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Judy Carmichael’s Unexpected Connections

The pianist’s Jazz Inspired radio show brings out the inner jazzbo in creative types

Judy Carmichael and John Pizzarelli
Judy Carmichael and Joe Cohn
Judy Carmichael and Chris Flory
Jazz Inspired host Judy Carmichael with guest Matt Munisteri
Judy Carmichael

Judy Carmichael has a big room-shaking laugh. Inevitably, during the course of nearly every interview she’s done for her nationally-syndicated radio show Jazz Inspired, she belts one out. And sometimes, when she’s speaking with someone particularly witty, such as singer-pianist Dave Frishberg, she belts one out every few minutes. Hey, if it sounds like she’s having a ball talking with her guests, that’s because she is. “Oh, yes, it’s a lot of fun,” Carmichael says. “I learned early on that the great artists take their work very seriously, but don’t take themselves too seriously. You know, it’s like a blind date with someone cool that I set myself up with.”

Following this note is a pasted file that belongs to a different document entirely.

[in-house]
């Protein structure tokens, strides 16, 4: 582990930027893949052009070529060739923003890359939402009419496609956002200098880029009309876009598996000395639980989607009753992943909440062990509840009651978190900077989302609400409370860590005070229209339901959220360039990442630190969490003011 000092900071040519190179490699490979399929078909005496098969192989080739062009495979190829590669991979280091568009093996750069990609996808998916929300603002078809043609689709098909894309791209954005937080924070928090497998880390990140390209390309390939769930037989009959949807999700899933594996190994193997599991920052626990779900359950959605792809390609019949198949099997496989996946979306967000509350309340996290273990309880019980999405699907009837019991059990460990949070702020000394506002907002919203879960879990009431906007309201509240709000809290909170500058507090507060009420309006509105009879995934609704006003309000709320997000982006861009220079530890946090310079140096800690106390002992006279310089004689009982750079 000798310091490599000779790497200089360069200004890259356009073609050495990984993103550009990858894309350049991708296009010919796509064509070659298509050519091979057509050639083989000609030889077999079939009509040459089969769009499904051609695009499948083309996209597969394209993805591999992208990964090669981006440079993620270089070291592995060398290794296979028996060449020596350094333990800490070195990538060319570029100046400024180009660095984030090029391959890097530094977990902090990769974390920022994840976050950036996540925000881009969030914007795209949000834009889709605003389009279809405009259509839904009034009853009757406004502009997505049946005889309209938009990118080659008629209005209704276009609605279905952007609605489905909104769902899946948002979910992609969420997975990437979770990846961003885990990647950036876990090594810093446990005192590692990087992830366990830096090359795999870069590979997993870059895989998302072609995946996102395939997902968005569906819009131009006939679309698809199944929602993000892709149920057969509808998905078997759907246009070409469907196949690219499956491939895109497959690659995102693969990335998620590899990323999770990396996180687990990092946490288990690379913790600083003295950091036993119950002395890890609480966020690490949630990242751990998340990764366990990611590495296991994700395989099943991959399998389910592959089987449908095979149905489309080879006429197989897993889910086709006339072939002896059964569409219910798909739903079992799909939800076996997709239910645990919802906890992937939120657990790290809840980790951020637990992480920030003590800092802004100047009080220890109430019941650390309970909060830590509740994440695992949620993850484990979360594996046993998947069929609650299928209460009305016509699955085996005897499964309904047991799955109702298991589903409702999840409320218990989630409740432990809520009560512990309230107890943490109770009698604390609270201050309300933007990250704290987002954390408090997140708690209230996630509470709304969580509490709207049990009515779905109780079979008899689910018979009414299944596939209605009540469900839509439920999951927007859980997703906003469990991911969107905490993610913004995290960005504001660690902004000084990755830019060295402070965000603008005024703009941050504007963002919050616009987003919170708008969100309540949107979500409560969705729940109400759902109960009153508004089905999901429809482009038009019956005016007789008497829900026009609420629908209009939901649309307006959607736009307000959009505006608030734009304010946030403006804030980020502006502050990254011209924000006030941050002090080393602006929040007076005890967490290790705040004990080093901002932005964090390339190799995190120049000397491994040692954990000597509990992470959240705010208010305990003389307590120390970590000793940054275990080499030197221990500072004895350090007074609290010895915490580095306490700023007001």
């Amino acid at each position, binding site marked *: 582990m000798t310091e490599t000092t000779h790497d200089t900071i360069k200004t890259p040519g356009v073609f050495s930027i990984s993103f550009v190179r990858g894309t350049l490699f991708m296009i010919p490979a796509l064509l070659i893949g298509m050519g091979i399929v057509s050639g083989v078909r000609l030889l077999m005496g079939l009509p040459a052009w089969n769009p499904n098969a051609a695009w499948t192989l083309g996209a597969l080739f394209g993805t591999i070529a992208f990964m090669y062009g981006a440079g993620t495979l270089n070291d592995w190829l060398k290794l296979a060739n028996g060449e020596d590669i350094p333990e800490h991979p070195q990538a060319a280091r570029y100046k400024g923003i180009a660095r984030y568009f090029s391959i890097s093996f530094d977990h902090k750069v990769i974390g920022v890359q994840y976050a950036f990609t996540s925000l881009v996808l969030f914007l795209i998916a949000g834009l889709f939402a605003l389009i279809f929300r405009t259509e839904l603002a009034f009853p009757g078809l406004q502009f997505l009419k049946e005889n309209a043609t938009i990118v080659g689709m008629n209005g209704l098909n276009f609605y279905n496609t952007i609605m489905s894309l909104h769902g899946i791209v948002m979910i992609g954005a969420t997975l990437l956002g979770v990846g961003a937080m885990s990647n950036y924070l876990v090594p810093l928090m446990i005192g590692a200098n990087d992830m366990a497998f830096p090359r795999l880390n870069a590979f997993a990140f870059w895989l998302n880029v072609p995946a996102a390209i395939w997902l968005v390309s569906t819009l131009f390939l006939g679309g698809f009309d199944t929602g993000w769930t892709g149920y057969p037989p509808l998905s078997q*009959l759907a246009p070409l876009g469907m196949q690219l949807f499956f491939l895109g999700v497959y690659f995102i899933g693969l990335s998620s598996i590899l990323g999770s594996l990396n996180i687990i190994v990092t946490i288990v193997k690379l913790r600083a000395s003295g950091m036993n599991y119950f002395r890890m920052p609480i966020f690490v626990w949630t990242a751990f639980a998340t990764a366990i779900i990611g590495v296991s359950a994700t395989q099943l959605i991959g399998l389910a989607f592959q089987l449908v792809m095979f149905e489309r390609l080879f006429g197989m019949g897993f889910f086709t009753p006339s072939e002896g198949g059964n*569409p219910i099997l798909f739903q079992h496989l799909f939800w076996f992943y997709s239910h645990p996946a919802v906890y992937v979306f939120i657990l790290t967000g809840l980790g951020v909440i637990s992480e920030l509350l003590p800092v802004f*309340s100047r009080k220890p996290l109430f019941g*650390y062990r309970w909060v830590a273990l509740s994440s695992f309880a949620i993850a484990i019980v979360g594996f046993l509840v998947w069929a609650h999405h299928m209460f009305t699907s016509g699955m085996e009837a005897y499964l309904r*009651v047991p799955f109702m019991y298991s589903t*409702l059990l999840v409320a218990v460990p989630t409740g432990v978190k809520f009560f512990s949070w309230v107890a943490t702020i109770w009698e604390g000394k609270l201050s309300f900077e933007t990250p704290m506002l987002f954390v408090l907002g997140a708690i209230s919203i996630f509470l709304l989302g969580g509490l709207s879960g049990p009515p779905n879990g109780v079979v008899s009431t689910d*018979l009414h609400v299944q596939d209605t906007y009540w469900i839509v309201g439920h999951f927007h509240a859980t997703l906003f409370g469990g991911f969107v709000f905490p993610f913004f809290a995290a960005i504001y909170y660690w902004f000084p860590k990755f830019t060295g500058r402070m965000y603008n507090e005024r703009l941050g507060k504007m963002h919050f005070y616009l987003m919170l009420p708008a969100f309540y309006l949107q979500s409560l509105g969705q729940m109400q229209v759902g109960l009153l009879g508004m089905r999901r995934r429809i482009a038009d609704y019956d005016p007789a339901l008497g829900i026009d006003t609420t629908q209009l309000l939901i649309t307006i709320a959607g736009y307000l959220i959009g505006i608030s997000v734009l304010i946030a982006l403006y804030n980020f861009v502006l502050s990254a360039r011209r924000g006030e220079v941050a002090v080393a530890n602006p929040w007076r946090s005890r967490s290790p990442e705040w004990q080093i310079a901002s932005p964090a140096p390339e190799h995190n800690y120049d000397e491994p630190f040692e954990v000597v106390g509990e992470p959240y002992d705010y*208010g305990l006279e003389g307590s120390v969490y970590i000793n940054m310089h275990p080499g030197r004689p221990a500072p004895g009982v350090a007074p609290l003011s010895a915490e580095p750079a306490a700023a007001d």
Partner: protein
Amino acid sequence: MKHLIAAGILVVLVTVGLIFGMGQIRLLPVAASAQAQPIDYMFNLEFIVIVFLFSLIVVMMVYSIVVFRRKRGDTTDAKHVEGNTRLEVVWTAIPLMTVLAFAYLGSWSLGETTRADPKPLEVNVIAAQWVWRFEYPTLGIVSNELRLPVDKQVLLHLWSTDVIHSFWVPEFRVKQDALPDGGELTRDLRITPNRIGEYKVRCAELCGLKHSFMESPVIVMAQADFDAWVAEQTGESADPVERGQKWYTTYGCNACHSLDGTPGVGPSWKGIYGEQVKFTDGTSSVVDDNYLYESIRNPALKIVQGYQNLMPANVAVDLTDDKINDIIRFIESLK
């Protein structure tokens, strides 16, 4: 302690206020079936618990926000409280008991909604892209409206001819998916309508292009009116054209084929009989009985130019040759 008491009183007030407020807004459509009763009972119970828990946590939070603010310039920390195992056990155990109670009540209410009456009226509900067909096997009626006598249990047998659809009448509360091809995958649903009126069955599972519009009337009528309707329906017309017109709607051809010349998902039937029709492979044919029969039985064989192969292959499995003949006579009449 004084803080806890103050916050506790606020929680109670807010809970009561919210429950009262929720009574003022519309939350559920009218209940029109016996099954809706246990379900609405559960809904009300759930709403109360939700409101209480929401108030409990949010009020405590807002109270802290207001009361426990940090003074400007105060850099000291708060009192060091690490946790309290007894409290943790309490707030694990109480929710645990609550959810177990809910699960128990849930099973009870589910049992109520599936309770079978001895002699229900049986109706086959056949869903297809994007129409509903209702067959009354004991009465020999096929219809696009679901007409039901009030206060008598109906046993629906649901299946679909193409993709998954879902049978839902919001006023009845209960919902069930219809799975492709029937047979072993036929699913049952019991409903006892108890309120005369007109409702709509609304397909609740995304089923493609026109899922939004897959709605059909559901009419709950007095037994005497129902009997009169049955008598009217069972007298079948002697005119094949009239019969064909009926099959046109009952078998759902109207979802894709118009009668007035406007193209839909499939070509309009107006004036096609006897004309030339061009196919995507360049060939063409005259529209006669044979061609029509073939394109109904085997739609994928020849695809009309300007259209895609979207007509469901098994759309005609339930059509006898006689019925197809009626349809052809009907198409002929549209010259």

Carmichael’s show has an interesting and unique premise, aptly described by its title. She interviews creative people in a wide variety of the arts and culture about how jazz has inspired them in their work or life. And the results are often fascinating. Whether it’s Chevy Chase talking about his close personal relationship with pianist Bill Evans or Christopher Guest reminiscing about a Spinal Tap segment he taped with Mel Torme or Billy Joel recalling his lessons with Lennie Tristano, the show is full of unexpected connections. She also speaks with jazz musicians about their inspirations.

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